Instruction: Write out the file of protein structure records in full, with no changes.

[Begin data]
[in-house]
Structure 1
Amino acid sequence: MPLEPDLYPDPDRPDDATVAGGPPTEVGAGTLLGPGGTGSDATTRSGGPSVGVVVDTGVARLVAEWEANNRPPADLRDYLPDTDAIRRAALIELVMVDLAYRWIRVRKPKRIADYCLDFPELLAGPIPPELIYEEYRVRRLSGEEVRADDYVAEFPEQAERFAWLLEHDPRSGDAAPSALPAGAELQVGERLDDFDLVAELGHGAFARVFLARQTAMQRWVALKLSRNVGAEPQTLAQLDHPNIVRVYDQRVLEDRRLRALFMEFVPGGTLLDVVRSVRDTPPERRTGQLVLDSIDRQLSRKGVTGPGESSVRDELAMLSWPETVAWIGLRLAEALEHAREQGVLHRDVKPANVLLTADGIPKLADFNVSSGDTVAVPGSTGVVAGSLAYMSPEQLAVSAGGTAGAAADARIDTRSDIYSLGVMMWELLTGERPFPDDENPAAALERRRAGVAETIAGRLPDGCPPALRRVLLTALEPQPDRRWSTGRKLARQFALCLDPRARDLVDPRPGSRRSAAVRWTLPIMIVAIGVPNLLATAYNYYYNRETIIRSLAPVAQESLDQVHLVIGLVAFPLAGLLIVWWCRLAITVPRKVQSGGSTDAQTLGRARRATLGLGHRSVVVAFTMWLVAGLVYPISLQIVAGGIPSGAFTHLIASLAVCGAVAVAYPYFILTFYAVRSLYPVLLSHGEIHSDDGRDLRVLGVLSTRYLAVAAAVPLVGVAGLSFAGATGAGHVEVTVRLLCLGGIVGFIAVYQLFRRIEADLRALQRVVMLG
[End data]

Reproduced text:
[in-house]
Structure 1
Amino acid sequence: MPLEPDLYPDPDRPDDATVAGGPPTEVGAGTLLGPGGTGSDATTRSGGPSVGVVVDTGVARLVAEWEANNRPPADLRDYLPDTDAIRRAALIELVMVDLAYRWIRVRKPKRIADYCLDFPELLAGPIPPELIYEEYRVRRLSGEEVRADDYVAEFPEQAERFAWLLEHDPRSGDAAPSALPAGAELQVGERLDDFDLVAELGHGAFARVFLARQTAMQRWVALKLSRNVGAEPQTLAQLDHPNIVRVYDQRVLEDRRLRALFMEFVPGGTLLDVVRSVRDTPPERRTGQLVLDSIDRQLSRKGVTGPGESSVRDELAMLSWPETVAWIGLRLAEALEHAREQGVLHRDVKPANVLLTADGIPKLADFNVSSGDTVAVPGSTGVVAGSLAYMSPEQLAVSAGGTAGAAADARIDTRSDIYSLGVMMWELLTGERPFPDDENPAAALERRRAGVAETIAGRLPDGCPPALRRVLLTALEPQPDRRWSTGRKLARQFALCLDPRARDLVDPRPGSRRSAAVRWTLPIMIVAIGVPNLLATAYNYYYNRETIIRSLAPVAQESLDQVHLVIGLVAFPLAGLLIVWWCRLAITVPRKVQSGGSTDAQTLGRARRATLGLGHRSVVVAFTMWLVAGLVYPISLQIVAGGIPSGAFTHLIASLAVCGAVAVAYPYFILTFYAVRSLYPVLLSHGEIHSDDGRDLRVLGVLSTRYLAVAAAVPLVGVAGLSFAGATGAGHVEVTVRLLCLGGIVGFIAVYQLFRRIEADLRALQRVVMLG